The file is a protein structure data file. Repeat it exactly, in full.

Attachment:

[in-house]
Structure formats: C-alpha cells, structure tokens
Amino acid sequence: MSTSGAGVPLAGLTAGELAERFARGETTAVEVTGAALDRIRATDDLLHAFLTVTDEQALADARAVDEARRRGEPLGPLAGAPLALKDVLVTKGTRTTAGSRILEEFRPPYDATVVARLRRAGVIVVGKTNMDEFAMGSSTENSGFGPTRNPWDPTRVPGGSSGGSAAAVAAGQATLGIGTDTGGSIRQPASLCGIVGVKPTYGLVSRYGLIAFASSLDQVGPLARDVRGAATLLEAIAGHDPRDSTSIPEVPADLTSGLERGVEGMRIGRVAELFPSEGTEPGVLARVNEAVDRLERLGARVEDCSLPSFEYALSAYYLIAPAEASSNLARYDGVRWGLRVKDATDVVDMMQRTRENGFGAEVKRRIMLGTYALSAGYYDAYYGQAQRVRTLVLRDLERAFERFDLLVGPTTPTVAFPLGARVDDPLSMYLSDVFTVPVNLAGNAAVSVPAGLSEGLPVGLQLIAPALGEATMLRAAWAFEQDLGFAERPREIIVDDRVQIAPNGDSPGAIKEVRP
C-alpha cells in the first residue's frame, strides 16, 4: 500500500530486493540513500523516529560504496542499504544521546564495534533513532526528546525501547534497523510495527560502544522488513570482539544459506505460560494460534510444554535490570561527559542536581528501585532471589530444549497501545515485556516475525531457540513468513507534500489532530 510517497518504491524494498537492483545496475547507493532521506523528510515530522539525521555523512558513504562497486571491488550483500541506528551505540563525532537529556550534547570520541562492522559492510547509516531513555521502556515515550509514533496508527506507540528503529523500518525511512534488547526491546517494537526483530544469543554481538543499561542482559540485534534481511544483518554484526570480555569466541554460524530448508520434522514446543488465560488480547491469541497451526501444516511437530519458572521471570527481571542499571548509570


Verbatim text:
[in-house]
Structure formats: C-alpha cells, structure tokens
Amino acid sequence: MSTSGAGVPLAGLTAGELAERFARGETTAVEVTGAALDRIRATDDLLHAFLTVTDEQALADARAVDEARRRGEPLGPLAGAPLALKDVLVTKGTRTTAGSRILEEFRPPYDATVVARLRRAGVIVVGKTNMDEFAMGSSTENSGFGPTRNPWDPTRVPGGSSGGSAAAVAAGQATLGIGTDTGGSIRQPASLCGIVGVKPTYGLVSRYGLIAFASSLDQVGPLARDVRGAATLLEAIAGHDPRDSTSIPEVPADLTSGLERGVEGMRIGRVAELFPSEGTEPGVLARVNEAVDRLERLGARVEDCSLPSFEYALSAYYLIAPAEASSNLARYDGVRWGLRVKDATDVVDMMQRTRENGFGAEVKRRIMLGTYALSAGYYDAYYGQAQRVRTLVLRDLERAFERFDLLVGPTTPTVAFPLGARVDDPLSMYLSDVFTVPVNLAGNAAVSVPAGLSEGLPVGLQLIAPALGEATMLRAAWAFEQDLGFAERPREIIVDDRVQIAPNGDSPGAIKEVRP
C-alpha cells in the first residue's frame, strides 16, 4: 500500500530486493540513500523516529560504496542499504544521546564495534533513532526528546525501547534497523510495527560502544522488513570482539544459506505460560494460534510444554535490570561527559542536581528501585532471589530444549497501545515485556516475525531457540513468513507534500489532530 510517497518504491524494498537492483545496475547507493532521506523528510515530522539525521555523512558513504562497486571491488550483500541506528551505540563525532537529556550534547570520541562492522559492510547509516531513555521502556515515550509514533496508527506507540528503529523500518525511512534488547526491546517494537526483530544469543554481538543499561542482559540485534534481511544483518554484526570480555569466541554460524530448508520434522514446543488465560488480547491469541497451526501444516511437530519458572521471570527481571542499571548509570